Tips for Coping with Post Holiday Blues

Coping with Post-Holiday Depression

The holidays are a wonderful time of year, filled with warmth, love and togetherness. Yet for many, the holiday aftermath can often be a significant let-down, much like a death. Think about it. When someone dies, loved ones gather around and offer you comfort. You reminisce, dine on delicious foods, and despite the gravity of the situation you might laugh a little, or maybe even a lot! But when family and friends retreat to their own lives and you are left without the hustle and bustle to distract you, it is easy to fall into a deep depression. The same thing often happens to people who are already prone to depression after the holidays. With the positive distractions gone, you may find yourself feeling lonely and restless. You may feel melancholy when taking down the decorative symbols of the holiday.

If you're one of the people that suffers from post-season depression, here are a few ideas for overcoming the blues...

1. Host a take-down-the-tree party. Fix a few hors d'ouerves, ask eveyone to bring a bottle of cider or wine, and have fun taking down the tree. You can reminisce about the ornaments; which ones are family heirlooms (which ones did you get as a kid, which others have significant meaning). You can take a break and have a snowball fight in the yard. Whatever you do, make it a fun excuse to extend the holidays a little longer.

2. Call a friend that you haven't seen in awhile and make a date for lunch or coffee. It will give you something fun to look forward to and perhaps you can make it a regular occurrence.

3. Do your holiday returns. It will get you out of the house and keep your mind focused. You might do them with family or friends. You'll have fun shopping for new things with the money you get back and maybe you can even splurge on a great lunch or dinner with your shopping companion.

4. Go skiing, snowboarding or tubing! It's that time of year and the fresh air, sunshine and crisp breeze will liven you up for sure. If you're a first timer, most ski slopes give lessons.

5. Look ahead to the next special event such as a holiday or birthday. You can plan a party for that event that will give you something to occupy your time and something to look forward to.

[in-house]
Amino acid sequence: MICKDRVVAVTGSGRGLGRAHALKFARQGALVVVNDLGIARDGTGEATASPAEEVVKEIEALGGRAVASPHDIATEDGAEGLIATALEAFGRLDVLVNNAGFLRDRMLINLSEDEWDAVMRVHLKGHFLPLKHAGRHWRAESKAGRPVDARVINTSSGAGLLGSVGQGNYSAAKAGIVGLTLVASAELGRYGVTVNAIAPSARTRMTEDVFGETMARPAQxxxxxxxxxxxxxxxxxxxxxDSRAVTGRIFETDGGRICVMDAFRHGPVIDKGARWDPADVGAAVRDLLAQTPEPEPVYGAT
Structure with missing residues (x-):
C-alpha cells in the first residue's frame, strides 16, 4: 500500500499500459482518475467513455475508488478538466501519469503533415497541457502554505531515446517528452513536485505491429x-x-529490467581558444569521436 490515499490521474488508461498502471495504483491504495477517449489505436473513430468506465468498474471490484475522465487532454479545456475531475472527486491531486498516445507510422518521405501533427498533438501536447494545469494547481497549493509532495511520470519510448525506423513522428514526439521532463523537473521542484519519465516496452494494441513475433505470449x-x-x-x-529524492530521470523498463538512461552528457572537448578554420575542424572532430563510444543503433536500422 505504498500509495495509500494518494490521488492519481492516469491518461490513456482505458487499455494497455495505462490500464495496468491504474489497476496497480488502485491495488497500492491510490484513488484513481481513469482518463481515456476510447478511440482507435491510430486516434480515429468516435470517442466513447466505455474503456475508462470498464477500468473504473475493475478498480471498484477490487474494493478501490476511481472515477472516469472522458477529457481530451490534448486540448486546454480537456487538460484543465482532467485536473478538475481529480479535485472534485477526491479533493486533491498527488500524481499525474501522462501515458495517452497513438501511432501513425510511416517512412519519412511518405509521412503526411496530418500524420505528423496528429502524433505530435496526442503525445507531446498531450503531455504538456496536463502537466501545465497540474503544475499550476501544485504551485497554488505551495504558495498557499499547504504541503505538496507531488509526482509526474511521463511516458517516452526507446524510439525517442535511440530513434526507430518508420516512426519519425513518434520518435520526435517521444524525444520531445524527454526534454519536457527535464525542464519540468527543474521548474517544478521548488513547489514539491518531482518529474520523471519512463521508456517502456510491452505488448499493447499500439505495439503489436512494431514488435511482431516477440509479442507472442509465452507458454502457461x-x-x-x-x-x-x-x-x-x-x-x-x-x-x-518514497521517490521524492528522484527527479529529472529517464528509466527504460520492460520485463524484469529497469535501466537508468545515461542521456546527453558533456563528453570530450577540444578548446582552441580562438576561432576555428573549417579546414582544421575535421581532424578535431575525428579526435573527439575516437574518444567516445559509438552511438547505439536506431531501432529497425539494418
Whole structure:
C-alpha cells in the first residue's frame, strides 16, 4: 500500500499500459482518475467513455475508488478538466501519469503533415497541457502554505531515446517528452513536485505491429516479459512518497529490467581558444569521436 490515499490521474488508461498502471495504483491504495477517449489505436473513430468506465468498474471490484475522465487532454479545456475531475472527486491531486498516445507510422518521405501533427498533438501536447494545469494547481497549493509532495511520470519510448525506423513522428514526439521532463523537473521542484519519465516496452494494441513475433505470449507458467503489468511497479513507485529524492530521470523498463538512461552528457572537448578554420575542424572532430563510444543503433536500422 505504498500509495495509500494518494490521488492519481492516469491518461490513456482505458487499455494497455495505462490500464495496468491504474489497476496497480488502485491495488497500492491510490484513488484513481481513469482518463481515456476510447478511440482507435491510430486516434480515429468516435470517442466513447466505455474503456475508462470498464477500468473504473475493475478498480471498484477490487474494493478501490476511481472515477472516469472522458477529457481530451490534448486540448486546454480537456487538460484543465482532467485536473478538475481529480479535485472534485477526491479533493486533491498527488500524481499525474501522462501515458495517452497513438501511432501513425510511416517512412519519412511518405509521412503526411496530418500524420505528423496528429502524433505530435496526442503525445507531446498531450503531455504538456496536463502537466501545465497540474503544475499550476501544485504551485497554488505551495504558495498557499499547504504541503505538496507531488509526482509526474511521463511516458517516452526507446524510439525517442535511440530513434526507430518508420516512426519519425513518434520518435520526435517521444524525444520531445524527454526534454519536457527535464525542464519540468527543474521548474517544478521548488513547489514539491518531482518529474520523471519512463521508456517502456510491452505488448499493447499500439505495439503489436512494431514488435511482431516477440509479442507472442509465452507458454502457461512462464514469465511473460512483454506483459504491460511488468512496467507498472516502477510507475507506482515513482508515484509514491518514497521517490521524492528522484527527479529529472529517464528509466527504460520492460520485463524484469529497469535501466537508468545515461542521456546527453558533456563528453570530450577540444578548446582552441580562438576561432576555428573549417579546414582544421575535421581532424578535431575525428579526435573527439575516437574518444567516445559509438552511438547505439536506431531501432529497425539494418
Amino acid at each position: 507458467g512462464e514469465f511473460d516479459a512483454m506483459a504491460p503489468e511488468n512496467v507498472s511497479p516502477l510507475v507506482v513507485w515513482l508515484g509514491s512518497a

6. Take a day trip to some place you've always wanted to go. Maybe you will shop there, take photographs, visit an art gallery or museum, or buy a cup of coffee and write in your journal about the wonders of the natural world around you.

7. Try out a new recipe and have a small dinner party. Host a theme party for a small group of friends that features a variety of ethnic foods. You'll keep busy by planning your menu, shopping, cooking and cleaning up the house. These things normally sound like chores, however when you're doing it to entertain someone, it is infinitely more fun.

8. Fix breakfast for the family. Instead of sleeping in late and wasting most of the day, get up early. Fix pancakes and bacon. Brew some coffee. Your house will smell great. As the family gathers around the table together you can plan out a fun day or future fun. You can reminisce about the holidays: what did they mean to you; what was the best gift everyone got; what was the funniest thing that happened; etc.

9. Take in a matinee. The Oscars will be coming up in early 2011. See a few Oscar nominated films and make your own predictions about who will win the big prizes.

10. Help others with the post-holiday transition. Maybe your elderly neighbors need help taking down their decorations or shoveling their driveways. Maybe the local retirement home needs help to take down their decorations. Find something that helps you to feel useful and allows you to contribute positively to your community. Altruistic giving always feels good.

I hope you've had a great holiday and will have a blessed new year!

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Comments 4 comments

Amy Becherer profile image

Amy Becherer 5 years ago from St. Louis, MO

Great suggestions, Jaynie2000! Depression is often triggered throughout the holidays. Circumstances that change, or difficult personnal problems, seasonal depression, big build up and the letdown that will consequently follow, and just plain old fatigue can trigger a bout of the blues. It can vary, of course, from individual to individual, and the severity of the triggering circumstances. If seriously impeding a person, no one should be hesitant to seek professional help. If your fantastic suggestions just make a sufferer feel too overwhelmed to contemplate a distraction, it may be advisable to see your physician. I was encouraged to see the successful 60-minutes reporter, Mike Wallace, share his struggle with depression and in a commercial spot, advise not to feel ashamed to seek help. Great hub, Jaynie2000, on a very important, reality in so many over-stressed lives. Thank you.


Jaynie2000 profile image

Jaynie2000 5 years ago Author

Thank you so much for your comments. I'm glad you found it useful.


Just Ask Susan profile image

Just Ask Susan 5 years ago from Ontario, Canada

Really good ideas! If one does not have anything to look forward to after the holidays it can be depressing. All your suggestions here are wonderful!


Jaynie2000 profile image

Jaynie2000 5 years ago Author

Thanks so much. I hope you had a great holiday!

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